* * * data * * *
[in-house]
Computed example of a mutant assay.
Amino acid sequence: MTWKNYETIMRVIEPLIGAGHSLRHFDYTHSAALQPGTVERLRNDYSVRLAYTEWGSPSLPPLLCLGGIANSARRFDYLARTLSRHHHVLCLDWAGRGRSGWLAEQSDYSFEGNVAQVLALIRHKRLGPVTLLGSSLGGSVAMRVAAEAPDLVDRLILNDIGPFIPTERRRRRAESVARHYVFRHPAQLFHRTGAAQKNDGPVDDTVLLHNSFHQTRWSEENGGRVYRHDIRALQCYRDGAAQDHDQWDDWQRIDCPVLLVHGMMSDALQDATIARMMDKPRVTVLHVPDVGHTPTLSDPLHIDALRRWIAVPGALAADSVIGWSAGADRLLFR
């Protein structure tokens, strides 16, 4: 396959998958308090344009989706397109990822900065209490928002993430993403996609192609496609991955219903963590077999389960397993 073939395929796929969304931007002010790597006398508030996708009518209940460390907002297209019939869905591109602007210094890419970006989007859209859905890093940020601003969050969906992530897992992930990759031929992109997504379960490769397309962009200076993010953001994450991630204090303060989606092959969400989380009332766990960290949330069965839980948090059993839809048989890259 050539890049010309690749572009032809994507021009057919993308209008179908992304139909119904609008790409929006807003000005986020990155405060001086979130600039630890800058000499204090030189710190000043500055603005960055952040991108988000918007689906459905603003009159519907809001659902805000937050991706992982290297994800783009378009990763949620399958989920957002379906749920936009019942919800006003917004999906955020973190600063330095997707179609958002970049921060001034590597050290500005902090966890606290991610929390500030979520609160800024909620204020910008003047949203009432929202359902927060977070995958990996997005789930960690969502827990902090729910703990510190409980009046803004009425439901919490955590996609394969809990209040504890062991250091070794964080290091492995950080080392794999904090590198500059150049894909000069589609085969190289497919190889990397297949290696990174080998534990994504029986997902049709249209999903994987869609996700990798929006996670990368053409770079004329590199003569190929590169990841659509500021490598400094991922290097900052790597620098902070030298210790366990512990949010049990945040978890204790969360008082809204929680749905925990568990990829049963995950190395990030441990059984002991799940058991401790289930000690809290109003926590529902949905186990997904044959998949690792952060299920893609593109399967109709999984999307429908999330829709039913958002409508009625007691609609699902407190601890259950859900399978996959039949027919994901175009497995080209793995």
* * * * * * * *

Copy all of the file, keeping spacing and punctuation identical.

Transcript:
[in-house]
Computed example of a mutant assay.
Amino acid sequence: MTWKNYETIMRVIEPLIGAGHSLRHFDYTHSAALQPGTVERLRNDYSVRLAYTEWGSPSLPPLLCLGGIANSARRFDYLARTLSRHHHVLCLDWAGRGRSGWLAEQSDYSFEGNVAQVLALIRHKRLGPVTLLGSSLGGSVAMRVAAEAPDLVDRLILNDIGPFIPTERRRRRAESVARHYVFRHPAQLFHRTGAAQKNDGPVDDTVLLHNSFHQTRWSEENGGRVYRHDIRALQCYRDGAAQDHDQWDDWQRIDCPVLLVHGMMSDALQDATIARMMDKPRVTVLHVPDVGHTPTLSDPLHIDALRRWIAVPGALAADSVIGWSAGADRLLFR
């Protein structure tokens, strides 16, 4: 396959998958308090344009989706397109990822900065209490928002993430993403996609192609496609991955219903963590077999389960397993 073939395929796929969304931007002010790597006398508030996708009518209940460390907002297209019939869905591109602007210094890419970006989007859209859905890093940020601003969050969906992530897992992930990759031929992109997504379960490769397309962009200076993010953001994450991630204090303060989606092959969400989380009332766990960290949330069965839980948090059993839809048989890259 050539890049010309690749572009032809994507021009057919993308209008179908992304139909119904609008790409929006807003000005986020990155405060001086979130600039630890800058000499204090030189710190000043500055603005960055952040991108988000918007689906459905603003009159519907809001659902805000937050991706992982290297994800783009378009990763949620399958989920957002379906749920936009019942919800006003917004999906955020973190600063330095997707179609958002970049921060001034590597050290500005902090966890606290991610929390500030979520609160800024909620204020910008003047949203009432929202359902927060977070995958990996997005789930960690969502827990902090729910703990510190409980009046803004009425439901919490955590996609394969809990209040504890062991250091070794964080290091492995950080080392794999904090590198500059150049894909000069589609085969190289497919190889990397297949290696990174080998534990994504029986997902049709249209999903994987869609996700990798929006996670990368053409770079004329590199003569190929590169990841659509500021490598400094991922290097900052790597620098902070030298210790366990512990949010049990945040978890204790969360008082809204929680749905925990568990990829049963995950190395990030441990059984002991799940058991401790289930000690809290109003926590529902949905186990997904044959998949690792952060299920893609593109399967109709999984999307429908999330829709039913958002409508009625007691609609699902407190601890259950859900399978996959039949027919994901175009497995080209793995």